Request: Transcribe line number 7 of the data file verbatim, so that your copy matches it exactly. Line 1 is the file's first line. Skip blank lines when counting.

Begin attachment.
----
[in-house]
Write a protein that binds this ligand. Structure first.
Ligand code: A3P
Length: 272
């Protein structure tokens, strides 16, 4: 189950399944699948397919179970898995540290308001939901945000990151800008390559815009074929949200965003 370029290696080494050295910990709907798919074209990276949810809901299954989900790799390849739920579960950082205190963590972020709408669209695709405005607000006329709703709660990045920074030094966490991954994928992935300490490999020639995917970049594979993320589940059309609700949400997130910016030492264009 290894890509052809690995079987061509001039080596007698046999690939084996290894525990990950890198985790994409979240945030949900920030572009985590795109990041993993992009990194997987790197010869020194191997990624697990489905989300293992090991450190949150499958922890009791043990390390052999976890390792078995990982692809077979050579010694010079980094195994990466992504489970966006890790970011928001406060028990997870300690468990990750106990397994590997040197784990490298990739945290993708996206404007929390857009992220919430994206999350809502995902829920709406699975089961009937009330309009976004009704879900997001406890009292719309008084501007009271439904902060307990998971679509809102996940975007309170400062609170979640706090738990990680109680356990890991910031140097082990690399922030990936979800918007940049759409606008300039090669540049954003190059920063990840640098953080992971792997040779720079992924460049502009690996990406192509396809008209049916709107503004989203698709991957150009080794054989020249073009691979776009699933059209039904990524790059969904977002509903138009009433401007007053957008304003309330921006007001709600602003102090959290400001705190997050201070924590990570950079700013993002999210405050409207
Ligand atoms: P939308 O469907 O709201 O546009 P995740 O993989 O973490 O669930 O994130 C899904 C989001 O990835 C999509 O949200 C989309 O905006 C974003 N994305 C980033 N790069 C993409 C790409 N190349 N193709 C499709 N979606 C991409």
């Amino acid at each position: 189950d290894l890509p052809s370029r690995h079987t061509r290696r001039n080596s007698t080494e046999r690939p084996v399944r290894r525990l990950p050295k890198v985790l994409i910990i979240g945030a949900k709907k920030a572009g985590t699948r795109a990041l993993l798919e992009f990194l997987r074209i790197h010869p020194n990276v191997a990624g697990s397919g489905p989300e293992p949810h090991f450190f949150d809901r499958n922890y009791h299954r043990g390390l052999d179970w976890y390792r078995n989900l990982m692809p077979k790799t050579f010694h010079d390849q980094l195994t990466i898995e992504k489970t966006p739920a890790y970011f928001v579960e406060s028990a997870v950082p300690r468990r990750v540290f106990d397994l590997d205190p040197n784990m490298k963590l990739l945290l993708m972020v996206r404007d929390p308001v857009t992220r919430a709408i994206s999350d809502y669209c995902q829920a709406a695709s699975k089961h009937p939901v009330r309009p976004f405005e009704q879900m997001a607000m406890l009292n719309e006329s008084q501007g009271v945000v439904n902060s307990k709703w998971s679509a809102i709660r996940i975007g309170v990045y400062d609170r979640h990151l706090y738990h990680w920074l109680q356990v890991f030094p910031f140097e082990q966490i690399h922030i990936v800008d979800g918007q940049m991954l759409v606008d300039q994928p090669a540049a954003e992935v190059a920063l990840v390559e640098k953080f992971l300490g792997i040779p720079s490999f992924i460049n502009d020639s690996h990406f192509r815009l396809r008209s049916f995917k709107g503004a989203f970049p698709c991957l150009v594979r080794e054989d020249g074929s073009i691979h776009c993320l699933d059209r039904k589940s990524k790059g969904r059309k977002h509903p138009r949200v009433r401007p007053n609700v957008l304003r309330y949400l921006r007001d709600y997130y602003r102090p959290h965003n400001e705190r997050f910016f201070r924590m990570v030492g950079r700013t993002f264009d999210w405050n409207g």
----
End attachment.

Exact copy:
């Amino acid at each position: 189950d290894l890509p052809s370029r690995h079987t061509r290696r001039n080596s007698t080494e046999r690939p084996v399944r290894r525990l990950p050295k890198v985790l994409i910990i979240g945030a949900k709907k920030a572009g985590t699948r795109a990041l993993l798919e992009f990194l997987r074209i790197h010869p020194n990276v191997a990624g697990s397919g489905p989300e293992p949810h090991f450190f949150d809901r499958n922890y009791h299954r043990g390390l052999d179970w976890y390792r078995n989900l990982m692809p077979k790799t050579f010694h010079d390849q980094l195994t990466i898995e992504k489970t966006p739920a890790y970011f928001v579960e406060s028990a997870v950082p300690r468990r990750v540290f106990d397994l590997d205190p040197n784990m490298k963590l990739l945290l993708m972020v996206r404007d929390p308001v857009t992220r919430a709408i994206s999350d809502y669209c995902q829920a709406a695709s699975k089961h009937p939901v009330r309009p976004f405005e009704q879900m997001a607000m406890l009292n719309e006329s008084q501007g009271v945000v439904n902060s307990k709703w998971s679509a809102i709660r996940i975007g309170v990045y400062d609170r979640h990151l706090y738990h990680w920074l109680q356990v890991f030094p910031f140097e082990q966490i690399h922030i990936v800008d979800g918007q940049m991954l759409v606008d300039q994928p090669a540049a954003e992935v190059a920063l990840v390559e640098k953080f992971l300490g792997i040779p720079s490999f992924i460049n502009d020639s690996h990406f192509r815009l396809r008209s049916f995917k709107g503004a989203f970049p698709c991957l150009v594979r080794e054989d020249g074929s073009i691979h776009c993320l699933d059209r039904k589940s990524k790059g969904r059309k977002h509903p138009r949200v009433r401007p007053n609700v957008l304003r309330y949400l921006r007001d709600y997130y602003r102090p959290h965003n400001e705190r997050f910016f201070r924590m990570v030492g950079r700013t993002f264009d999210w405050n409207g």